HttpClient infinity Timeout?

Hi, I’d like to tell you a quick story about my question, as I’m just wondering why is it so.

I’ve made a basic tracking app including backgroundGeolocation and I then POST all the location details to a FQDN website using HttpClient. It’s working fine and seems to be accurate enough.

Tonight I went for a walk about my town lake, and the tracking facility worked fine, for about half of my trip around the lake.

I know this, because I came home, looked at the server part and saw the tracks on the map of where I had gone - but only half of the track.
So, I opened the app, and then, it proceed to uploaded the rest of the tracks, and voila, the rest of the track appeared on my server.

My question is related to HttpClient, and what the timeout is, or if the app just keeps the data in an infinite holding pattern until it gets suitable reception and can then upload the data?

It was just weird behaviour, and i don’t think it is related to background/foreground geolocation.

I’m doing nothing special with the upload code. Should I be running a timeout, or just doing it this way?
Is the built-in Post method better? I think this way that I’m currently doing I’ve got (seemingly) more control over things.

I’m just after a why, or is it the best practice.
Thanks., trackJSONdata)
  .subscribe(data => { = data["_body"]; 
  }, error => {

That’s a good question, and hard to answer directly. What I can say is this:

I often use the “message-in-a-bottle” metaphor to describe one way to think about asynchronous programming. HttpClient requests are a replicator combined with a bottle cannon. Once you queue up a request, it just sits in the cannon until somebody subscribes to it. At that point, the ordinary course of events is that the request goes through, the returned Observable emits the requested response, and then completes. The cannon gets packed up and put into storage. However, if something goes wrong, instead of the ordinary response, you get an HttpErrorResponse, and the cannon stays ready to fire further bottles, but won’t do so until you ask.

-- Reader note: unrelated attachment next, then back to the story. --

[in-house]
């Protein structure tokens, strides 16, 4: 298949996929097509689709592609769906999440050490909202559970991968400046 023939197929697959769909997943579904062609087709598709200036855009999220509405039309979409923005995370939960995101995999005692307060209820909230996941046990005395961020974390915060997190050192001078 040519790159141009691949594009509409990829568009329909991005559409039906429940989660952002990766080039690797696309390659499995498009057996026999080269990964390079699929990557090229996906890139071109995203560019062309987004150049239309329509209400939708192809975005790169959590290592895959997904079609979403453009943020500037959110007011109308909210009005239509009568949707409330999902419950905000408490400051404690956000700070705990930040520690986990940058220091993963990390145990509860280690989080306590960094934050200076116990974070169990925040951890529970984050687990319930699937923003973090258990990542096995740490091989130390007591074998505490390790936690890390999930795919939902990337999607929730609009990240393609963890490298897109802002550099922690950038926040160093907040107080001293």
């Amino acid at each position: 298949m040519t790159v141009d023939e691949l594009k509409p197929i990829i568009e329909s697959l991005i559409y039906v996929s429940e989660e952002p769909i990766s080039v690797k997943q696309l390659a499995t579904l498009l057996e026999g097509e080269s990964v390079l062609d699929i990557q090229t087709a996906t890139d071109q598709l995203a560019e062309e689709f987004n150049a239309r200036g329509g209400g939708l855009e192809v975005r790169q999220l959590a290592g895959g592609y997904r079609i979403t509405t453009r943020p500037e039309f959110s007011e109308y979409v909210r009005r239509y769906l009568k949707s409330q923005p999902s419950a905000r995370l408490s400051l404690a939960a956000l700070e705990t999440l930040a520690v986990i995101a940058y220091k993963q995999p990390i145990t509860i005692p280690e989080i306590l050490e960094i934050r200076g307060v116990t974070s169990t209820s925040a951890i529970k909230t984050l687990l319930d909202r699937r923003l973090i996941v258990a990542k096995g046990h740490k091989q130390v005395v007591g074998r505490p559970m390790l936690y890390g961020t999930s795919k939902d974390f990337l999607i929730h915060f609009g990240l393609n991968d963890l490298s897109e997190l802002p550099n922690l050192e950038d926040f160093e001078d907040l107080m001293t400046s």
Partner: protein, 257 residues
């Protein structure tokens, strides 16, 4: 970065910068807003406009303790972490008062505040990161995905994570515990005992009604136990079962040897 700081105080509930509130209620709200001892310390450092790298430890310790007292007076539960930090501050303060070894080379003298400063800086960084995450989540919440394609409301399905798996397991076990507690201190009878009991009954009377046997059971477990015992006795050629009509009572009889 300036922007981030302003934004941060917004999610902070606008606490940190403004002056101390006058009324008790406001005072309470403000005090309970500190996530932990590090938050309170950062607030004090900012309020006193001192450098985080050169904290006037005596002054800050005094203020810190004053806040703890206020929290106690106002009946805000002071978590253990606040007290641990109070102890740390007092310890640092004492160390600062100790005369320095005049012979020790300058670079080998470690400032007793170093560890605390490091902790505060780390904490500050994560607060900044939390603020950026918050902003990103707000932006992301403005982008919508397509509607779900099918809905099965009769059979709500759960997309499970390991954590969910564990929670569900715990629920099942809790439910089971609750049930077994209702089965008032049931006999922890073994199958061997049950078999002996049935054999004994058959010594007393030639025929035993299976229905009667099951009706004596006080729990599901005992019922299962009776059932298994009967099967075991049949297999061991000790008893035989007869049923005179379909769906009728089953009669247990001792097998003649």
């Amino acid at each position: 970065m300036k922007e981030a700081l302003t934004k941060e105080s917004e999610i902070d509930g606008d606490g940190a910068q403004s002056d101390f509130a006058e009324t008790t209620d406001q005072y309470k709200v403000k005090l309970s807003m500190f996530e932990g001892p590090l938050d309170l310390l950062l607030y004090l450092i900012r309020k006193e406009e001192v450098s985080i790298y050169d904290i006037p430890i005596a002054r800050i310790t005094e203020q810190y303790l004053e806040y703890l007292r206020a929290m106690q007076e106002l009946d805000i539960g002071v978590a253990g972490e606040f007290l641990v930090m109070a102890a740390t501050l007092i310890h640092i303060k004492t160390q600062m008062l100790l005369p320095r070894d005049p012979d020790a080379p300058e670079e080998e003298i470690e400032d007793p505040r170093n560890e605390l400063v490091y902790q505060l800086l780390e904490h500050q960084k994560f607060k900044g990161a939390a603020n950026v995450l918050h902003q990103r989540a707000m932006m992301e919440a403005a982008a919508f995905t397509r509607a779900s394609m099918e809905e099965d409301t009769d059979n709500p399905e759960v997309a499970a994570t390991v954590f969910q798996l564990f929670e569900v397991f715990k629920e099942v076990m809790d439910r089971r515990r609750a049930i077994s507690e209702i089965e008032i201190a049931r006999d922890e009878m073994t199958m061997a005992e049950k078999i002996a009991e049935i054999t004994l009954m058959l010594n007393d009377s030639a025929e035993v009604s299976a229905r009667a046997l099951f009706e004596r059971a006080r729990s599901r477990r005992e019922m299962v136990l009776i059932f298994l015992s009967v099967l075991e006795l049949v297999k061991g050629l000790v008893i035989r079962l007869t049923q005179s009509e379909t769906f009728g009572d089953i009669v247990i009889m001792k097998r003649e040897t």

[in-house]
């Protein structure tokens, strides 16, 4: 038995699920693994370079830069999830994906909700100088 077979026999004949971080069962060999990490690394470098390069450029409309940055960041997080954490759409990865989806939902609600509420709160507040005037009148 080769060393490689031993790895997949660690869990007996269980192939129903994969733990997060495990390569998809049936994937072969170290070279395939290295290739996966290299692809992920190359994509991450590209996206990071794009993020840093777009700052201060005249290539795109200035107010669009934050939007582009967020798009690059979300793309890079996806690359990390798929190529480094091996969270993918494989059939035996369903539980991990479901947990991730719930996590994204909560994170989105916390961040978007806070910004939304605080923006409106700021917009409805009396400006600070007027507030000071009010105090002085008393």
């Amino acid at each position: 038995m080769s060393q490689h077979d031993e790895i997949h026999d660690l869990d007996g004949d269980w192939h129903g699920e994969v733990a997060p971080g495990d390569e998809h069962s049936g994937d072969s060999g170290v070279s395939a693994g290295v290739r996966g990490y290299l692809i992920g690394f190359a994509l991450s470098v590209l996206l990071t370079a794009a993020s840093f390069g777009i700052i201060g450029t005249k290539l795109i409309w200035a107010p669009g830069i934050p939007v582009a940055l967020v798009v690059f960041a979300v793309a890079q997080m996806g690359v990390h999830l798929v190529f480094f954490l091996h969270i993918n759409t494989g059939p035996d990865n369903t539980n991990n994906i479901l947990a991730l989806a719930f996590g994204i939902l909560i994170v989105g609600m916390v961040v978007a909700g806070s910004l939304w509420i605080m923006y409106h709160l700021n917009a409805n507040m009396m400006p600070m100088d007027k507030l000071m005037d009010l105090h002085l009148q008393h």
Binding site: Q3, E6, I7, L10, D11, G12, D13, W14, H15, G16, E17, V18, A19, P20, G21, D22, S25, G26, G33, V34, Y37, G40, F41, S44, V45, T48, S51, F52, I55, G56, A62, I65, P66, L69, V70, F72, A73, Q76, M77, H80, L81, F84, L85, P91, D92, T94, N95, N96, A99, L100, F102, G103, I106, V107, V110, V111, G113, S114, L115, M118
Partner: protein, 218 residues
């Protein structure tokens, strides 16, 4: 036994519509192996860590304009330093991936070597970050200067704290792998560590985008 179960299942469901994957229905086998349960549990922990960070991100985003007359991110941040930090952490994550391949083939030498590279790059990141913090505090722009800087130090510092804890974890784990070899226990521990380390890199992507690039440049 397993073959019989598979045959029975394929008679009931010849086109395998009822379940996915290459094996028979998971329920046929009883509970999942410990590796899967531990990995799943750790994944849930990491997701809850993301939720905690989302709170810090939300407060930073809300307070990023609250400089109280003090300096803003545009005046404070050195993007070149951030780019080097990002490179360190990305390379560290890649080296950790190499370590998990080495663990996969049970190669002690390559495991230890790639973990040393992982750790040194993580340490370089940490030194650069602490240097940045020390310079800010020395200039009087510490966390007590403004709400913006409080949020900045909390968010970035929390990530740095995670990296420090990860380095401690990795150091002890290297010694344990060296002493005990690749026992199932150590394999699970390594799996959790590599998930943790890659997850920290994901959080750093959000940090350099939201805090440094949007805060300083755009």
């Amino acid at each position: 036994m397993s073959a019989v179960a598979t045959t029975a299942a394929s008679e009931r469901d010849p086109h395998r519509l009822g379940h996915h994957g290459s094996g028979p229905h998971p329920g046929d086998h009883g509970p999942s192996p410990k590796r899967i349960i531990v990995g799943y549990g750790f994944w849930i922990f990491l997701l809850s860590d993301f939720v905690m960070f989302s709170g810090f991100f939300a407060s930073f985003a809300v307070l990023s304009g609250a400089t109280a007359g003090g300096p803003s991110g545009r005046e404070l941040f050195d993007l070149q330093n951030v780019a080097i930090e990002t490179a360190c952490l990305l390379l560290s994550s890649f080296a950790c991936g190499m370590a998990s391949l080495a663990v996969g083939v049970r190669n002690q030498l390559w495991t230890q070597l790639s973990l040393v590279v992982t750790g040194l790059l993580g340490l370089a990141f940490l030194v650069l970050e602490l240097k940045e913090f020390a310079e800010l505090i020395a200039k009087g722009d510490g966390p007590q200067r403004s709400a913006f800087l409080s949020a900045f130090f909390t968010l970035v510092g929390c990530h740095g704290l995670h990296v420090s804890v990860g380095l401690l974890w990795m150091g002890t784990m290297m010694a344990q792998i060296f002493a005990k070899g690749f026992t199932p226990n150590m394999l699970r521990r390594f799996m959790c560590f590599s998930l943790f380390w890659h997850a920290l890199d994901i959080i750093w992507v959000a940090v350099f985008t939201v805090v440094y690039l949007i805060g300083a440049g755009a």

So there isn’t a timeout, and I guess “infinite holding pattern” isn’t a bad description. You’re in total control of what happens next, though. If you subscribe again to the same request, it will fire again at that point. Rinse and repeat until the request succeeds or you give up on it.

As for best practices, two important things about the code snippet you posted:

  • Never access anything that starts with a leading underscore from outside the class that defines it. Regular readers of this column are probably sick of hearing me rail about how much I hate JavaScript, but this is another terrible thing about it. It has no proper access control, so we have to rely on convention. In a sane language, you would not be able to access _body; in JavaScript-land the language won’t save you from yourself: you have to abide by the convention and agree not to.
  • post (and any other HttpClient function that returns content) takes a return type parameter:<ReturnedThingy>(url, food) will give you an Observable<ReturnedThingy>. You virtually always want to take advantage of this.
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Thanks for your prompt reply. I’ll mull over this answer and see what I can think of how best to reply. :slight_smile: